How to Understand the Inverted Yield Curve and Its Relationship to Recessions

The Federal Reserve’s program of monetary tightening has been fighting the bond market since the process began about 3 years ago. Over that period, the Fed has painstakingly tried to hike rates in a way that would avoid roiling markets. Unfortunately for the Fed, long-term rates on U.S. Treasuries failed to cooperate and barely budged over this time period. Compare the 10-year to the effective Fed Funds rate: they are converging.

The Federal Reserve's latest campaign to tighten monetary policy has failed to generate much of a response at long-term yields.
The Federal Reserve’s latest campaign to tighten monetary policy has failed to generate much of a response at long-term yields.

Source: Board of Governors of the Federal Reserve System (US), Effective Federal Funds Rate [DFF] and
10-Year Treasury Constant Maturity Rate [DGS10], retrieved from FRED, Federal Reserve Bank of St. Louis; March 24, 2019. (I also saved the combined chart here).

The vertical shaded bars indicate recessions as defined by the National Bureau of Economic Research (NBER). Notice the incidences of convergence in the past: they have often occurred in the months and years prior to a recession. The record is pretty consistent with exceptions for three pre-mature red flags (false positives) in May 1966, August 1980, and December 1995.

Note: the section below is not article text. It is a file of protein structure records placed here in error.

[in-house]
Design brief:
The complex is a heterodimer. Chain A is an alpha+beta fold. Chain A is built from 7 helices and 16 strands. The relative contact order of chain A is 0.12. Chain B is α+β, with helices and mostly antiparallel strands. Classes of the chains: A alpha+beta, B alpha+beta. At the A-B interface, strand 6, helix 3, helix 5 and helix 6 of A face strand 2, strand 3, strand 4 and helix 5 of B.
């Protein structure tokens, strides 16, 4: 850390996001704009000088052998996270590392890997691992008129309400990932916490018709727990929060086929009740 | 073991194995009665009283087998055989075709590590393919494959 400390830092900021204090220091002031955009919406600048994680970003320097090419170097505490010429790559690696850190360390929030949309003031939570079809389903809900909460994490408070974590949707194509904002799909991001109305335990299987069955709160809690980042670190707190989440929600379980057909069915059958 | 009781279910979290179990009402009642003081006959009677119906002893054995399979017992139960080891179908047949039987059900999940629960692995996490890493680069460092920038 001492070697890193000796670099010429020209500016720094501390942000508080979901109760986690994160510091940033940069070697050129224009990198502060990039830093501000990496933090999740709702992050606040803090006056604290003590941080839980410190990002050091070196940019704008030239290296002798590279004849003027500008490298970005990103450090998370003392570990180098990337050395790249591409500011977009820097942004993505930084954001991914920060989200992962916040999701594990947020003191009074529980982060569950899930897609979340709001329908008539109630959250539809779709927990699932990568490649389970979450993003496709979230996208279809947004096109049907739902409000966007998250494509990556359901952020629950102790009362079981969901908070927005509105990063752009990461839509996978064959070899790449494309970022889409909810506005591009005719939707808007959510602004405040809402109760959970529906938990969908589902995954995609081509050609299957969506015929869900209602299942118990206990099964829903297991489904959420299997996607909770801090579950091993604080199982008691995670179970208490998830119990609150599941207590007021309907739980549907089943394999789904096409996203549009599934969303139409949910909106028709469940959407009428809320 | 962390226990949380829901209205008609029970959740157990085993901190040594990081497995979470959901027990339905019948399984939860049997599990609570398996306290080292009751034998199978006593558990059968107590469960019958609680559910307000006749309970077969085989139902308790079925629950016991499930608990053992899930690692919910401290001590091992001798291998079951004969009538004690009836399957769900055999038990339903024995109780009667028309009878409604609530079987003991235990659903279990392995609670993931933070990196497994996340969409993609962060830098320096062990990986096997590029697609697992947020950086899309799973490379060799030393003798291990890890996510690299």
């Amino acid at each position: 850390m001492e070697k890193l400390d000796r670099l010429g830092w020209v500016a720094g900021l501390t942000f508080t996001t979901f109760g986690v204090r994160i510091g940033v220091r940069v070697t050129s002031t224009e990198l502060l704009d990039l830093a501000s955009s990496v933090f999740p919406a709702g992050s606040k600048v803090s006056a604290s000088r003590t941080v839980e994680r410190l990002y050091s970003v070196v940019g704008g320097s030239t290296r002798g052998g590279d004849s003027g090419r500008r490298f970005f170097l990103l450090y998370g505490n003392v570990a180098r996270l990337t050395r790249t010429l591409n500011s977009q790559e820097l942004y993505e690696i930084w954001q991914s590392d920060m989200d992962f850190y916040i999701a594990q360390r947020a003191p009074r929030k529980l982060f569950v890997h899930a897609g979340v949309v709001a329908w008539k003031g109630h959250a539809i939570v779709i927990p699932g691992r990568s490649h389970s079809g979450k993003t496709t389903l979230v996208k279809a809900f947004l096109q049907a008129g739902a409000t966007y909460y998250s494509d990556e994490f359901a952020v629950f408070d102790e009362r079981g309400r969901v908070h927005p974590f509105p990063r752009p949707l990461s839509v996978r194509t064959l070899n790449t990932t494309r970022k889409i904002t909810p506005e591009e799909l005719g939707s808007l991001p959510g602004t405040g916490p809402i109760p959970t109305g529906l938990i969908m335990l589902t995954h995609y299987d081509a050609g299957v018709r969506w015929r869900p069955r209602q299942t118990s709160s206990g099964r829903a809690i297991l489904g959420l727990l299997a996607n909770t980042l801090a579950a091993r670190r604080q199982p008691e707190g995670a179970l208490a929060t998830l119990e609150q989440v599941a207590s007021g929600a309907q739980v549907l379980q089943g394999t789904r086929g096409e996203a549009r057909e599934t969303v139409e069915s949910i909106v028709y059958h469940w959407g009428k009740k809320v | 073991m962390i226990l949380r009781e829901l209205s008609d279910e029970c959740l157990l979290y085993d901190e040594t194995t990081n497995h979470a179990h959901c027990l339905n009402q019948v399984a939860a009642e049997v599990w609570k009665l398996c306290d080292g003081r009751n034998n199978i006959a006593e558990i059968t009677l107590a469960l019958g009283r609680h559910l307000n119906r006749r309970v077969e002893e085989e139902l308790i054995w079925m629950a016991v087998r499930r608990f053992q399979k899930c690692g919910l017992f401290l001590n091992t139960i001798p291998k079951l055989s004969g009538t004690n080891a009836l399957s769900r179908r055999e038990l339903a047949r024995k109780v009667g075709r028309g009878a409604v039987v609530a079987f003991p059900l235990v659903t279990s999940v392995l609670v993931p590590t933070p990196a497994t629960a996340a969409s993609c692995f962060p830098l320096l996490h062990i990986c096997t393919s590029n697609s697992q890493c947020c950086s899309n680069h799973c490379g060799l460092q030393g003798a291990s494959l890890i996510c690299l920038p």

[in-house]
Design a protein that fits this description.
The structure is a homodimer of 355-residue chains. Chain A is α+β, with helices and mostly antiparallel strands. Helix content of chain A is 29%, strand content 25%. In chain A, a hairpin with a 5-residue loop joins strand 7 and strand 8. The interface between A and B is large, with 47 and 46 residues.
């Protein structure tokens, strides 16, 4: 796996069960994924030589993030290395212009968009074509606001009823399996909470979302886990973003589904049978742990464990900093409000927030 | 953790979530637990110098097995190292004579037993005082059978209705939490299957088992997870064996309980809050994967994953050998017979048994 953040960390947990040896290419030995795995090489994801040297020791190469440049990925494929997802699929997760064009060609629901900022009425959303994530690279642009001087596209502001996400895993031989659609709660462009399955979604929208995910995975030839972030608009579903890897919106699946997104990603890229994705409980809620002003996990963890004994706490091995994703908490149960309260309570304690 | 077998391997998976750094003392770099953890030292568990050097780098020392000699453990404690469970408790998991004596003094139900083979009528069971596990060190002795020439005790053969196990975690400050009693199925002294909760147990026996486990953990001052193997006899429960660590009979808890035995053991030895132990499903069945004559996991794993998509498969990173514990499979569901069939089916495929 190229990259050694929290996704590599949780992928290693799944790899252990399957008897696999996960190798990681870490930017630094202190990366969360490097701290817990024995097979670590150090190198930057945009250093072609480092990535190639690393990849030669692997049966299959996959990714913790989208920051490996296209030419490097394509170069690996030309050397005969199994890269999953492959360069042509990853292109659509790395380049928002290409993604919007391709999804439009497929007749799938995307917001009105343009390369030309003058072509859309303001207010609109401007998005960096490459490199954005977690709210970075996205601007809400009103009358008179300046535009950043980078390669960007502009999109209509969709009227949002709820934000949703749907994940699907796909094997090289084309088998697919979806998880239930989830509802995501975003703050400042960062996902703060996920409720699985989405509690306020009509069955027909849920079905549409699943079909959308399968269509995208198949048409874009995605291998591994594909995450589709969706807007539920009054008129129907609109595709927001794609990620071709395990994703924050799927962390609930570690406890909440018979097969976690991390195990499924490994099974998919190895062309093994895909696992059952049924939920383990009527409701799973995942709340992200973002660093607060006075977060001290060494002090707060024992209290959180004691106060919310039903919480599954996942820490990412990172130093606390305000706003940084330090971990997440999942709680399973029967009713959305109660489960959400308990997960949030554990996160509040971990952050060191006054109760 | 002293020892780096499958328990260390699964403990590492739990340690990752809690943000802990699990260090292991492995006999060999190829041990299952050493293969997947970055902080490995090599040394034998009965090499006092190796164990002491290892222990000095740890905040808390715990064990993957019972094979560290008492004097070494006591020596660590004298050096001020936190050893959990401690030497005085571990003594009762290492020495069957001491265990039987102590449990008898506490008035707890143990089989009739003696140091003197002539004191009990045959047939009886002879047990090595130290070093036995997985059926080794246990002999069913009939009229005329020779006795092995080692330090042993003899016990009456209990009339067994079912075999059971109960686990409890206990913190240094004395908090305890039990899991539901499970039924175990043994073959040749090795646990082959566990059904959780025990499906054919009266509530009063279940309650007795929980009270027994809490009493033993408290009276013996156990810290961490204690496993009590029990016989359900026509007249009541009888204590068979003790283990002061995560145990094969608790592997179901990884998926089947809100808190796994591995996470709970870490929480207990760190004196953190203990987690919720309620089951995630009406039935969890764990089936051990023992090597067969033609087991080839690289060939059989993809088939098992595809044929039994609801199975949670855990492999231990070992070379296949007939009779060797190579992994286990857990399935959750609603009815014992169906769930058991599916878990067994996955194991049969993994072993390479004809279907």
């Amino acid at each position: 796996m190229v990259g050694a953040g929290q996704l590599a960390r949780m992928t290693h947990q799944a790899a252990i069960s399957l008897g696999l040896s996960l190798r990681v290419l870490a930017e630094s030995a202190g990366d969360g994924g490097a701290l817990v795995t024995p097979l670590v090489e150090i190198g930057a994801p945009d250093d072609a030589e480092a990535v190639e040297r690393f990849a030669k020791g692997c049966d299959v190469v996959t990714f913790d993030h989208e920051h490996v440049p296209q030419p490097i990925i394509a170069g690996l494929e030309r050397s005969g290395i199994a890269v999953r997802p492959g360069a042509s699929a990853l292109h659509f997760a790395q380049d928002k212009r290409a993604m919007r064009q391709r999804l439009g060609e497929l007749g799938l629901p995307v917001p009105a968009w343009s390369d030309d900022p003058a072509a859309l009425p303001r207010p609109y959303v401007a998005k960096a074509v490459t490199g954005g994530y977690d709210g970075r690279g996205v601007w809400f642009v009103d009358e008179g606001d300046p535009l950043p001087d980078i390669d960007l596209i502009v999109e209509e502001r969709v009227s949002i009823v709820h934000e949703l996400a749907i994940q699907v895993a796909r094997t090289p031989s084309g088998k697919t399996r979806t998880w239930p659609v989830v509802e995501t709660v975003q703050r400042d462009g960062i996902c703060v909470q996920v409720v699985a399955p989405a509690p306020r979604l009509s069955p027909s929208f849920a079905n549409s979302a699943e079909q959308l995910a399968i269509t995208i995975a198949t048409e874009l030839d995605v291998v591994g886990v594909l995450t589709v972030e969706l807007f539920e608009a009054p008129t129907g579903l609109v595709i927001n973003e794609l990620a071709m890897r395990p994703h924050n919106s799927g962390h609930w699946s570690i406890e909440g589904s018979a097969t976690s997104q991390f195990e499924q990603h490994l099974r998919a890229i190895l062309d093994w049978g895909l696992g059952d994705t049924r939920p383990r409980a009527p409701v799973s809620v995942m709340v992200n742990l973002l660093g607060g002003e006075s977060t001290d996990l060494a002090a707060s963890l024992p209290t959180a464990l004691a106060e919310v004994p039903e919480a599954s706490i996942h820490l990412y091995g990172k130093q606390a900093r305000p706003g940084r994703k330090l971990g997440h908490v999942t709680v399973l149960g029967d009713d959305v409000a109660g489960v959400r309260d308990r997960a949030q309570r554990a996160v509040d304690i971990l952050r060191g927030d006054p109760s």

While convincing, this 10-year to Fed Funds rate correlation is not quite the way yield watchers think about the relationship of bond yields to recessions. Instead, they look at the spread between long-term and short-term bond yields. There is some confusion as to which yields matter, but I am going to use the most convincing picture I have seen: Econbrowser used the 10-year, 2-year, and 3-month to come up with this very consistent picture (the “spread” is defined as subtracting the shorter-term yield from the 10-year yield):

Yield inversions between the 10-year and either the 2-year or 3-month Treasury bonds have consistently occurred preceding recessions in the U.S.
Yield inversions between the 10-year and either the 2-year or 3-month Treasury bonds have consistently occurred preceding recessions in the U.S.

Additional Sources: Board of Governors of the Federal Reserve System (US), 2-Year Treasury Constant Maturity Rate [DGS2] and
3-Month Treasury Constant Maturity Rate [DGS3MO] retrieved from FRED, Federal Reserve Bank of St. Louis; March 24, 2019. (I also saved the combined chart here).

According to the above chart, we are “inches” away from an inverted yield curve which in turn triggers a recession warning anywhere from 10-18 months out from the warning. So I am not surprised that financial markets have steadily increased their predictions of a rate cut from the Federal Reserve. The current Fed Funds target rate is 225-250 basis points (2.25% to 2.50%). The snapshot below shows the recent history of the market’s rate prediction for December, 2019. The market essentially expects roughly even odds between rates staying the same and dropping by at least 25 basis points in December! Notice a similar repricing happened in a very sharp and abrupt way at the beginning of the year.

Financial markets have rushed to price in roughly a 50/50 chance of at least one rate cut by December, 2019.